- Placer.ai found that grocery store visits at the 12 top U.S. grocers declined 19.7% in April but improved in May, with visits down 10.1% year over year.
- February and March saw fairly normal levels of in-store foot traffic but by April, state and store restrictions came in full force and millions of consumers shifted their shopping online.
- Wegmans, Trader Joe’s and Whole Foods struggled the most, according to Placer's data, with year-over-year traffic down 33.8%, 44.1% and 52.4%, respectively. Each chain saw improvement in May, with Trader Joe's traffic up around 20% and Whole Foods improving around 12%.
The boost in store foot traffic that grocers saw in May compared to April could stem from looser government regulations as well as cabin fever among consumers. In May, many states and cities began allowing non-essential businesses to open like restaurants for dine-in, hair salons and gyms — all signs of a cautious return to normal even as the virus continues to spread.
Customers may also be warming up to the safety precautions implemented by stores that may have made them uneasy at first, like plexiglass shields, mask requirements and extra cleaning procedures. Longer store hours at most major chains in May may have contributed to the boost as well.
Costco, which relies heavily on store traffic and doesn’t have a sizable online presence, posted its first monthly sales growth decline in more than a decade in April. The retailer said social distancing restrictions, stay-at-home orders and temporary closures of some of its stores led to decreased traffic and sales. Costco posted stronger sales in May, with growth up 7.5% to $13 billion.
After an initial round of in-store stock-up shopping in March, consumers turned to online grocery in April — many for the first time. Grocers at first struggled to meet demand in a timely fashion, but improved as they added more workers and refined their operational systems. Online sales eclipsed $5 billion in April and have continued to rise even as store traffic has improved, with sales reaching $6.6 billion in May, according to Brick Meets Click.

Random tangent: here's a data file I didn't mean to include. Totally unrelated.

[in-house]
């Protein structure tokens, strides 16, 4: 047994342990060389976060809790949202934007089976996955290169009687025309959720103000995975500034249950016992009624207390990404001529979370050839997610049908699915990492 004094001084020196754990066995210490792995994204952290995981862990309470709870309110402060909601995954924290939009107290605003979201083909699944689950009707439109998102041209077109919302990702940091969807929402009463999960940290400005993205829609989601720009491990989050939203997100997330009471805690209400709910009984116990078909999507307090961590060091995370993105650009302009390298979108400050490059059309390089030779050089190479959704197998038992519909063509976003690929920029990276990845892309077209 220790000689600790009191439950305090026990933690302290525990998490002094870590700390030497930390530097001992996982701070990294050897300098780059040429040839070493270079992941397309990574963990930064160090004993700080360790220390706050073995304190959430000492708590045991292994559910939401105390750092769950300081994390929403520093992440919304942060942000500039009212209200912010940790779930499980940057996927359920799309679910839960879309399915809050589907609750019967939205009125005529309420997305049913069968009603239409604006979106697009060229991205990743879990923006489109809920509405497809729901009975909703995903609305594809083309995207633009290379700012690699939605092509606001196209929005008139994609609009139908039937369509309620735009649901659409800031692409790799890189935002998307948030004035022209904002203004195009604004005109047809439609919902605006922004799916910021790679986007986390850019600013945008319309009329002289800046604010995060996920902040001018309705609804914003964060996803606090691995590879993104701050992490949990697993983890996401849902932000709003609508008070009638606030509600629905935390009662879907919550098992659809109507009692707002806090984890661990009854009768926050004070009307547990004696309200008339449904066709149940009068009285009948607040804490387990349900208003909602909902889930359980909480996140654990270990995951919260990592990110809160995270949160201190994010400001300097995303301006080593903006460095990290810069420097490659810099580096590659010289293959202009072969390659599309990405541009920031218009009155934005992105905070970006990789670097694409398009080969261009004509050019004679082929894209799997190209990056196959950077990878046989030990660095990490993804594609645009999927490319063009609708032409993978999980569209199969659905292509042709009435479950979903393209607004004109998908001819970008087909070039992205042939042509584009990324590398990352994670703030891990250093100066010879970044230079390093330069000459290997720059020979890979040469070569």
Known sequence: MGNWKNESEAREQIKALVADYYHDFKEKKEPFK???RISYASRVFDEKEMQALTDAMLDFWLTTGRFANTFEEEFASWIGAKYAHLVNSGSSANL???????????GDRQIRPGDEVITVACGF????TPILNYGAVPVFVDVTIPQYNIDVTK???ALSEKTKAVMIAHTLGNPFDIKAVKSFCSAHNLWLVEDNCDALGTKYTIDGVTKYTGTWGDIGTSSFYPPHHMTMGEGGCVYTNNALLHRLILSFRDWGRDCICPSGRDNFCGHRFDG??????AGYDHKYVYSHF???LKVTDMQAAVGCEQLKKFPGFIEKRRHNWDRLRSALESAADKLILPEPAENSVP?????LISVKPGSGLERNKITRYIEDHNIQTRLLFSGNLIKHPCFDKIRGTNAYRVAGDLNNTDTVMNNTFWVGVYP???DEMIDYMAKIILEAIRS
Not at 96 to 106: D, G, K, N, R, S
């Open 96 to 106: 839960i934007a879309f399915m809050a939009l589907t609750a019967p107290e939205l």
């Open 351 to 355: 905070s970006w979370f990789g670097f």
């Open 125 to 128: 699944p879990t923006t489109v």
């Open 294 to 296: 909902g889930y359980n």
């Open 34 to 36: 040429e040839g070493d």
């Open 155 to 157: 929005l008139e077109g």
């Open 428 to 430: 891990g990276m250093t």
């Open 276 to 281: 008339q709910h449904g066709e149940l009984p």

Placer's data shows fluctuations in store visits that could indicate a reluctance to shop around formerly busy holidays. Publix saw a 7.4% increase of in-store visits across all its stores on May 9 year-over-year but just two weeks later on the Saturday before Memorial Day, the retailer’s store visits declined 10%.
Similarly, on May 9 Albertsons’ store visits were up 29% but were down the Saturday before Memorial Day by 3.4%. Placer noted in its blog post that these fluctuations could be due to a number of different reasons, including an "aversion to major shopping days." With many consumers working from home or out of work, shopping is now spread more evenly across the week rather than concentrated on weeknights, weekends and holidays.
The bounce back in store traffic grocers are seeing could be temporary. A new analysis by the Associated Press found that as states and cities roll back restrictions and reopen businesses, coronavirus cases have risen in 21 states, particularly in the South and West. A second surge in cases could reignite stay-at-home orders and the closures of non-essential businesses, pushing store traffic patterns back in line with what they experienced in April.